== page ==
@Xi_Ge it looks like you're the original author of printExtensionUSR; do you know if there is a USR that is unique across all extensions to the same symbol? E.g., a common extension USR for Swift.String in:

public extension String { func foo() {} }
public extension String { func bar() {} }

If so, we could then just relate foo() and bar() to that USR in the symbol graph.

If there is no such USR, then I guess this would mean including each extension block as a separate declaration in the symbol graph with the USR that the Swift compiler assigns it. We'd also need a way of linking these back together (e.g., via a common identifier) on the Swift-DocC side (maybe via a SymbolKit API) so that they are indeed seen as a single symbol. I'd also be interested in hearing @QuietMisdreavus's thoughts on this.

Since there wasn't any input on the other options, I went ahead exploring this strategy.
I successfully altered the SymbolGraphGen module to emit "swift.extension" symbols for each extension block. These carry all the information we need. There's still some work to be done, but I don't see any blockers there.

I agree. Essentially, we want SymbolKit to remain the reference model for the Symbol Graph File Format, while also being extensible enough so we can use it in Swift-DocC to handle our slightly modified symbol graph format. (We don't want to introduce an extra graph library for our new format for performance and maintenance reasons.)

Unfortunately, that might require some breaking changes in SymbolKit. Currently, Symbol.KindIdentifier is an enum, which means we cannot simply extend it in Swift-DocC to add new cases (swift.module.extension, swift.struct.extension, ...).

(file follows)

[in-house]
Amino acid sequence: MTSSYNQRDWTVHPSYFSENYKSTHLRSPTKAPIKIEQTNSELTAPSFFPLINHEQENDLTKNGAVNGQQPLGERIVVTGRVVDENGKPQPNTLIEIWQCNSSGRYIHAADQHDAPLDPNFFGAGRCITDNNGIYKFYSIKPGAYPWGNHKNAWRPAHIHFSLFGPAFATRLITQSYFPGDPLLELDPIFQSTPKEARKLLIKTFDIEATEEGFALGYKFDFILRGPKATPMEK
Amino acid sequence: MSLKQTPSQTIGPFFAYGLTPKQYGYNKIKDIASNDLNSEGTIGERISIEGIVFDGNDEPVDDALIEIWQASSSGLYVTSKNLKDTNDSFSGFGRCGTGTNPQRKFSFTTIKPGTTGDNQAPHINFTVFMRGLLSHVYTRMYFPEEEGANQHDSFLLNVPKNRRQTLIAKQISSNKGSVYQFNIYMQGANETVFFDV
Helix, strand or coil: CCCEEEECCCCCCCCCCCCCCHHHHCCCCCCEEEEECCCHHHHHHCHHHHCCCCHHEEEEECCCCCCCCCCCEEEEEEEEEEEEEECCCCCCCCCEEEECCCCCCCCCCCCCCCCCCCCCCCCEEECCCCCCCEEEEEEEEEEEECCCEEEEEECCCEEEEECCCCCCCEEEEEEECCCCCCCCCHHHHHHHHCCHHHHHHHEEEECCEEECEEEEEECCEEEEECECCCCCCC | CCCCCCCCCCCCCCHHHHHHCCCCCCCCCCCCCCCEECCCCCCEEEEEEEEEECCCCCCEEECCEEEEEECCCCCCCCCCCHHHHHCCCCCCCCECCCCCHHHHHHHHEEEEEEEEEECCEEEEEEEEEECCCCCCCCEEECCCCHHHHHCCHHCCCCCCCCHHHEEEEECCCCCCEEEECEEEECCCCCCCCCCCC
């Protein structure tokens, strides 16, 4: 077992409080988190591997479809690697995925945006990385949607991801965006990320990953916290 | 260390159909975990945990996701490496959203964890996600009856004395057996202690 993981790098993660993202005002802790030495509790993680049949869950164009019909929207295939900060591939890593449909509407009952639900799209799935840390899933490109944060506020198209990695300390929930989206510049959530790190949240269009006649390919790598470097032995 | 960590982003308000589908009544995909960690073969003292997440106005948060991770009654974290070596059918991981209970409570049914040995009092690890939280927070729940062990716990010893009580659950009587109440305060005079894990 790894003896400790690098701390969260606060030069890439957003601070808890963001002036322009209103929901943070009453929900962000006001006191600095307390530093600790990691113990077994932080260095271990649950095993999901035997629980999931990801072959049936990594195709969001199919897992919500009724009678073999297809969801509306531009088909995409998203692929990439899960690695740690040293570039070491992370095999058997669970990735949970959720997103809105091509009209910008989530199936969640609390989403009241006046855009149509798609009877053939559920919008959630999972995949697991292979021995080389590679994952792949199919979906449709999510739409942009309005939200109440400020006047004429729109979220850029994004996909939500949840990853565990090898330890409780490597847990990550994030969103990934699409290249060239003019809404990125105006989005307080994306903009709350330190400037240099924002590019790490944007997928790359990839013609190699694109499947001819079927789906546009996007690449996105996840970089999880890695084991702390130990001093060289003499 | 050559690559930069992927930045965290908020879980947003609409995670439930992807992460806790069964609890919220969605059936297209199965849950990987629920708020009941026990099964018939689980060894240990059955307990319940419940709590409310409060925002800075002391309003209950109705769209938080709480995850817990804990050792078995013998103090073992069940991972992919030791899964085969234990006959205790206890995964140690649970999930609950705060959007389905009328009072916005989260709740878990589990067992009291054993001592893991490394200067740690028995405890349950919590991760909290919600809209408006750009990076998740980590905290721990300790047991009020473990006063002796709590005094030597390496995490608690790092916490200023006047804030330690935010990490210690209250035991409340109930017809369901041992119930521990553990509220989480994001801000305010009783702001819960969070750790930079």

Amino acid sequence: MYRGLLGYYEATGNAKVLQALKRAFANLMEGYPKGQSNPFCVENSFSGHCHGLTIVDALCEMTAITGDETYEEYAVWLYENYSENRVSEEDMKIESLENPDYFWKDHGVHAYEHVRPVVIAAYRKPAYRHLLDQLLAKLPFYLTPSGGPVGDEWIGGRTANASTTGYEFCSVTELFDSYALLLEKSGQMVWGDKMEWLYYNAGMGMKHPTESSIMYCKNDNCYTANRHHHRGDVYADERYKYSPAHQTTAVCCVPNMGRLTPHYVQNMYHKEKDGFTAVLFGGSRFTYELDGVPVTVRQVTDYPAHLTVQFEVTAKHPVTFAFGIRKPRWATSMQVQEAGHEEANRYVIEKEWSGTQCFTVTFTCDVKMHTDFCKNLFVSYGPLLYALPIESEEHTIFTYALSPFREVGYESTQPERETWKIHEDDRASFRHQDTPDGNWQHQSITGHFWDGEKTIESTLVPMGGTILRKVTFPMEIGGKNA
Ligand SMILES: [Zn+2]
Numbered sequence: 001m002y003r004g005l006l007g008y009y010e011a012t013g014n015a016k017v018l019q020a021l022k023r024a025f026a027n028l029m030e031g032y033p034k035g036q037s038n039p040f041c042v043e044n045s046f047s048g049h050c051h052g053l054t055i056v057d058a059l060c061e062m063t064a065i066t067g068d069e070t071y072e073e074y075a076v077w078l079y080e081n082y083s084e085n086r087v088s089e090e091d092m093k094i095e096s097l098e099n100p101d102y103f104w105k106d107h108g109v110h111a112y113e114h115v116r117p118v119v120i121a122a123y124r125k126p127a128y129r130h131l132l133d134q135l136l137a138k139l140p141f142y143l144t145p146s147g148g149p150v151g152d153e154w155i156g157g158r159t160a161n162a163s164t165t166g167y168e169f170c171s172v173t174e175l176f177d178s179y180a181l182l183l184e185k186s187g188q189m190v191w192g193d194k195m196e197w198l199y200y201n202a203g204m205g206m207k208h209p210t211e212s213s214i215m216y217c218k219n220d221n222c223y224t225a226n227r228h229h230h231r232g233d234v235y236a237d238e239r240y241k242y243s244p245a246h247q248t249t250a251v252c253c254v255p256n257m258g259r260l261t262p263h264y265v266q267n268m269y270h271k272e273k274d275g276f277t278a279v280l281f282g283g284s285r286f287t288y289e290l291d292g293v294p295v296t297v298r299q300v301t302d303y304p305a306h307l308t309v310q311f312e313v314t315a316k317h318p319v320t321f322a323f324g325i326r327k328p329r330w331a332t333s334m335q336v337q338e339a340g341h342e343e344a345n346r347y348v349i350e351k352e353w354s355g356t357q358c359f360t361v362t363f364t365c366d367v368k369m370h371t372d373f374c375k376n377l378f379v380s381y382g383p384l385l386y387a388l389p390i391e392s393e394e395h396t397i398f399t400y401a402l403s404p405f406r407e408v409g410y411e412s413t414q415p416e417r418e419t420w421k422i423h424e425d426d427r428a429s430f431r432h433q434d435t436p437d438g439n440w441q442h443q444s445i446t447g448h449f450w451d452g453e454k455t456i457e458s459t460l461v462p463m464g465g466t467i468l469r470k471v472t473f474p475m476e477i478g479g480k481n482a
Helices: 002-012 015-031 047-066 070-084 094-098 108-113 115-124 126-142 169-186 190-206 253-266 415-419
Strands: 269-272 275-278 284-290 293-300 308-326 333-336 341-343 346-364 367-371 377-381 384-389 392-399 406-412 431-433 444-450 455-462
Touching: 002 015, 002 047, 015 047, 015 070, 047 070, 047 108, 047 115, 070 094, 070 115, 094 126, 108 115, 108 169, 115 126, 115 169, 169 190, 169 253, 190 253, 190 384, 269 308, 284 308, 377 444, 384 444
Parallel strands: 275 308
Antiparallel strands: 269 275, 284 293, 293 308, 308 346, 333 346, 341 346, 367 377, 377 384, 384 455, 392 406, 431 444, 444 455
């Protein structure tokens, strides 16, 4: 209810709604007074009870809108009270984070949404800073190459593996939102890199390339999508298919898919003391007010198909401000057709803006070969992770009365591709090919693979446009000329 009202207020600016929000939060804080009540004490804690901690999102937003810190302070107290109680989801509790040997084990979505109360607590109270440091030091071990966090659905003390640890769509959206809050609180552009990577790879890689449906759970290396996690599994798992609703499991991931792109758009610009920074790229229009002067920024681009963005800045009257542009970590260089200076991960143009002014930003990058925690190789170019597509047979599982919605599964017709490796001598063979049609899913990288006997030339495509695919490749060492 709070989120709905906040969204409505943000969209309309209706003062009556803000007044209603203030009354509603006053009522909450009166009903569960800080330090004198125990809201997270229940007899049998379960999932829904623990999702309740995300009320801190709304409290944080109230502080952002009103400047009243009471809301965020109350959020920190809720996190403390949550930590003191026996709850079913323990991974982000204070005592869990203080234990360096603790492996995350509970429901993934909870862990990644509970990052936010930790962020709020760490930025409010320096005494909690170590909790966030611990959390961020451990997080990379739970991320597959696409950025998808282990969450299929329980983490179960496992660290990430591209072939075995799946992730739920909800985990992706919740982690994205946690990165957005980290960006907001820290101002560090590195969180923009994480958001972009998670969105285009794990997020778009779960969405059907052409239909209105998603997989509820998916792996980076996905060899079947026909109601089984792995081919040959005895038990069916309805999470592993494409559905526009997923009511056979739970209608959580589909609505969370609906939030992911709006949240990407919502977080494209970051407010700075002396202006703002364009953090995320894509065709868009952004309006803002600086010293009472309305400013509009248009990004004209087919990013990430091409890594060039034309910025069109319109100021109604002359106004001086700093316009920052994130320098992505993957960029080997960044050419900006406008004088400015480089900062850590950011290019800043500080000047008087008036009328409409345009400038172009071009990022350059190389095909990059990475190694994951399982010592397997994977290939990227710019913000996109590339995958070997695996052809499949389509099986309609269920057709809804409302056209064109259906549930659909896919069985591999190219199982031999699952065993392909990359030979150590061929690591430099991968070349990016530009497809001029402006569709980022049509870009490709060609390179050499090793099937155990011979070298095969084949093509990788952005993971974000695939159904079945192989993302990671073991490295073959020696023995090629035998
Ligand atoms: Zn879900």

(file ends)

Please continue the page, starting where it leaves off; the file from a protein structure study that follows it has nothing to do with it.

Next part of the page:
I think the prettiest (but also most intrusive) solution would be to adopt the more extensible struct-with-static-constants pattern in Symbol.KindIdentifier as a replacement for the enum, just as it was done for Relationship.Kind. We could then easily add our new "cases" in Swift-DocC, but also loose some of the safety features enums have in combination with switch statements, etc.

An alternative (less intrusive) solution is based on the Symbol.KindIdentifier.unknown case. We would use that case when dealing with our custom symbols in Swift-DocC and carry the rest of the information either in Symbol.Kind.displayName or a new optional property.

What do you think?

Making Symbol.KindIdentifier a struct with static properties sounds great to me, it makes the API much more flexible. The SymbolKit API is still evolving, so even though we should prefer not breaking public API, I'd argue that this is an acceptable change because kind identifiers shouldn't be a closed set anyway. This also provides the flexibility for clients to add their own kind identifiers. We'll just want to make sure to leave the PR up for a bit so that the community has time to add a default case to switch statements and provide feedback. There might be some changes to do in Swift-DocC as well before landing the SymbolKit changes to ensure that the Swift CI toolchain builds still succeed.

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I just opened a draft PR based on that strategy: [WIP] Allow for emission of swift.extension symbols for extensions to external types in SymbolGraphGen by theMomax · Pull Request #59047 · apple/swift · GitHub